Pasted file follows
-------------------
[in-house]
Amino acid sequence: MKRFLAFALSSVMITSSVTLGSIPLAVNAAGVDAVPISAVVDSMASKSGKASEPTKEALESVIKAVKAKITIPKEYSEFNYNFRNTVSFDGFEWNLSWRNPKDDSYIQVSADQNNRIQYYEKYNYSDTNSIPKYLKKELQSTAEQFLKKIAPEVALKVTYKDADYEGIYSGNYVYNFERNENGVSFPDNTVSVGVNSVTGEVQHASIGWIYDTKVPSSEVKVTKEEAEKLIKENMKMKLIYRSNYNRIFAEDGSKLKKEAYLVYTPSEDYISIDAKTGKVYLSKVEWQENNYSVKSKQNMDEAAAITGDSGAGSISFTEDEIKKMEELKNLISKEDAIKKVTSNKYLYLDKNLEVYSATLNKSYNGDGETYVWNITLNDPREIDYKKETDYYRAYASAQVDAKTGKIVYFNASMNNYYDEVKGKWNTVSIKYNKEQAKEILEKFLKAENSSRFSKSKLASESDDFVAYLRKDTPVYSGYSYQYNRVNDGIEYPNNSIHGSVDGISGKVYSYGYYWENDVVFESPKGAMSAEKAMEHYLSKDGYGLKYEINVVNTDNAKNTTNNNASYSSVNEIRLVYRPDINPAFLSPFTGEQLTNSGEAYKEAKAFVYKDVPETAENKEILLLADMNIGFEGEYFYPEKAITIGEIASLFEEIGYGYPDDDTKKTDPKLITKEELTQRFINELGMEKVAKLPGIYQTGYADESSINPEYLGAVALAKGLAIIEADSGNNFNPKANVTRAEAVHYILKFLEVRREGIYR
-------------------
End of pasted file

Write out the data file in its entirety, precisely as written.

[in-house]
Amino acid sequence: MKRFLAFALSSVMITSSVTLGSIPLAVNAAGVDAVPISAVVDSMASKSGKASEPTKEALESVIKAVKAKITIPKEYSEFNYNFRNTVSFDGFEWNLSWRNPKDDSYIQVSADQNNRIQYYEKYNYSDTNSIPKYLKKELQSTAEQFLKKIAPEVALKVTYKDADYEGIYSGNYVYNFERNENGVSFPDNTVSVGVNSVTGEVQHASIGWIYDTKVPSSEVKVTKEEAEKLIKENMKMKLIYRSNYNRIFAEDGSKLKKEAYLVYTPSEDYISIDAKTGKVYLSKVEWQENNYSVKSKQNMDEAAAITGDSGAGSISFTEDEIKKMEELKNLISKEDAIKKVTSNKYLYLDKNLEVYSATLNKSYNGDGETYVWNITLNDPREIDYKKETDYYRAYASAQVDAKTGKIVYFNASMNNYYDEVKGKWNTVSIKYNKEQAKEILEKFLKAENSSRFSKSKLASESDDFVAYLRKDTPVYSGYSYQYNRVNDGIEYPNNSIHGSVDGISGKVYSYGYYWENDVVFESPKGAMSAEKAMEHYLSKDGYGLKYEINVVNTDNAKNTTNNNASYSSVNEIRLVYRPDINPAFLSPFTGEQLTNSGEAYKEAKAFVYKDVPETAENKEILLLADMNIGFEGEYFYPEKAITIGEIASLFEEIGYGYPDDDTKKTDPKLITKEELTQRFINELGMEKVAKLPGIYQTGYADESSINPEYLGAVALAKGLAIIEADSGNNFNPKANVTRAEAVHYILKFLEVRREGIYR